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Monday, 9 December

The Bank that Quite Likes the Word 'No'

The Royal Bank of Scotland, which had made contingency plans to leave Scotland and head to London if the Scottish referendum on independence had gone in favour of 'Yes', has already declared those plans null and void following the big 'No'.

It was estimated that just three companies leaving Scotland - RBS, Lloyds Banking Group and Standard Life - could have affected 50,000 jobs - and a substantial property portfolio.

Neither Lloyds Banking Group nor Standard Life have updated their positions but both are expected to follow RBS which stated this morning: 'The announcement we made about moving our registered head office to England was part of a contingency plan to ensure certainty and stability for our customers, staff and shareholders should there be a ‘Yes’ vote. That contingency plan is no longer required. Following the result it is business as usual for all our customers across the UK and RBS.

 

Previous reporting

The Royal Bank of Scotland has made contingency plans to move its property headquarters in Scotland and head to London if the Scottish referendum on independence goes in favour of 'Yes'.

According to the BBC this morning, a Treasury source has revealed plans have been discussed. RBS has felt compelled to respond with the following:

'In response to press speculation in relation to re-domicile, The Royal Bank of Scotland Group confirms that, as set out in the risk disclosures in RBS’s Annual Report, there are a number of material uncertainties arising from the Scottish referendum vote which could have a bearing on the Bank’s credit ratings and the fiscal, monetary, legal and regulatory landscape to which it is subject. For this reason, RBS has undertaken contingency planning for the possible business implications of a ‘Yes’ vote. RBS believes that this is the responsible and prudent thing to do and something that its customers, staff and shareholders would expect it to do.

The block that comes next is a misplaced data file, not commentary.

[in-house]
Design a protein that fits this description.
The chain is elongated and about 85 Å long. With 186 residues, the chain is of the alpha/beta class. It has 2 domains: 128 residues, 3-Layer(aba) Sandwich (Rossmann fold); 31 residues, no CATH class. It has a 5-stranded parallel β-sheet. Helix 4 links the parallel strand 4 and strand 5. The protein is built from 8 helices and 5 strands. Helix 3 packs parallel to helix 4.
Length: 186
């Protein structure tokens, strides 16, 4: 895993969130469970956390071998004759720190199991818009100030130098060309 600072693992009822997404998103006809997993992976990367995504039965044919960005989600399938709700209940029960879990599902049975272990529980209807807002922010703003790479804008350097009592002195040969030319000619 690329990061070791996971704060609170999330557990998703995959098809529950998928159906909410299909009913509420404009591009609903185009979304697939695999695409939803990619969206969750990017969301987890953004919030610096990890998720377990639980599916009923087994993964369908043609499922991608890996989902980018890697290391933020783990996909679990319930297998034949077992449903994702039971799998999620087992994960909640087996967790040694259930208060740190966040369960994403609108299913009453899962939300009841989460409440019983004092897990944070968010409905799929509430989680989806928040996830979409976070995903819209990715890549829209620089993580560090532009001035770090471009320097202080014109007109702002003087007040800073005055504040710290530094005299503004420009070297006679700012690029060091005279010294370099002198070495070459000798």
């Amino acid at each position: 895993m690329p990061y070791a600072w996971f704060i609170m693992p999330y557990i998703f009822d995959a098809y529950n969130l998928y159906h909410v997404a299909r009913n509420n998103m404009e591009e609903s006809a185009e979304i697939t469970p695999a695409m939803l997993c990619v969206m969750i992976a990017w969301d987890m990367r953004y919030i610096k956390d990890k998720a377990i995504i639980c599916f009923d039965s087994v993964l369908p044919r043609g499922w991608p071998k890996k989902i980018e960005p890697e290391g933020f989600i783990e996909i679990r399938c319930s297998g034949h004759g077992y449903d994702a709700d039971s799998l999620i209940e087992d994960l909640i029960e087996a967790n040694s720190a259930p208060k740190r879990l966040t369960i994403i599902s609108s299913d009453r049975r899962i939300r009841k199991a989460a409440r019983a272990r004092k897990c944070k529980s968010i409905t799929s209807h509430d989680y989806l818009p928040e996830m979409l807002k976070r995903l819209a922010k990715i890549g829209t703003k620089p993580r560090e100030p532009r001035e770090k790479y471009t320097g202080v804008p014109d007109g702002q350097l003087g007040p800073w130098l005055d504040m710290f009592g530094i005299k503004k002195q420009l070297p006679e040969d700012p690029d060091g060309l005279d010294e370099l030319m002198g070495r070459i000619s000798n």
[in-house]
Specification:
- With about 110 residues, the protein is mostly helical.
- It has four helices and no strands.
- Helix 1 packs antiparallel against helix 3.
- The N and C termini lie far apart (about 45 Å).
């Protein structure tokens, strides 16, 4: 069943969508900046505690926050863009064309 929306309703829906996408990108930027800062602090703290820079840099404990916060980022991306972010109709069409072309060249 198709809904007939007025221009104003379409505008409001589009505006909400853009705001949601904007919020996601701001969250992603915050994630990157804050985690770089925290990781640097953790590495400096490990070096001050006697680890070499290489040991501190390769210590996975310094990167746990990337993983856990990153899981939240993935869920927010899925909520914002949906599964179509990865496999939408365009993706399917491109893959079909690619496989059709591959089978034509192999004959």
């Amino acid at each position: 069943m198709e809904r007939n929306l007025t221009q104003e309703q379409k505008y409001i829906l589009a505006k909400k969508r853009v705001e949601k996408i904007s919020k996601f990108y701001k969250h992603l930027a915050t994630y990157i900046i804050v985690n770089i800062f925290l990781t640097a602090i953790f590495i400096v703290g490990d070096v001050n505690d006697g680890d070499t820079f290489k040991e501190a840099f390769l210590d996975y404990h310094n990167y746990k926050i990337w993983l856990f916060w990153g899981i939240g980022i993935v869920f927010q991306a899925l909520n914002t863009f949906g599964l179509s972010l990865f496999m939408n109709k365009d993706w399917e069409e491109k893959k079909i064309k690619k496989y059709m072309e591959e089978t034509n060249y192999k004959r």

'As part of such contingency planning, RBS believes that it would be necessary to re-domicile the Bank’s holding company and its primary rated operating entity (The Royal Bank of Scotland plc) to England. In the event of a 'Yes' vote, the decision to re-domicile should have no impact on everyday banking services used by our customers throughout the British Isles. However, RBS believes that it would be the most effective way to provide clarity to all our stakeholders and mitigate the risks previously identified in our Annual Report.

'The vote on independence is a matter for the Scottish people. Scotland has been RBS's home since 1727. RBS intends to retain a significant level of its operations and employment in Scotland to support its customers there and the activities of the whole Bank'.

 

Others potentially flying south this winter

Rumour has it that Lloyds Banking Group (the UK public owns 25% is the owner of Bank of Scotland and the Halifax) might relocate some of its business - the firm is trying to keep a lid on its plans despite considerable interest from its customers. Meanwhile, Standard Life has made a firm commitment to quit an independent Scotland.

Just three firms moving could affect 50,000 jobs - and a substantial property portfolio.

Article written by Brian Shillibeer

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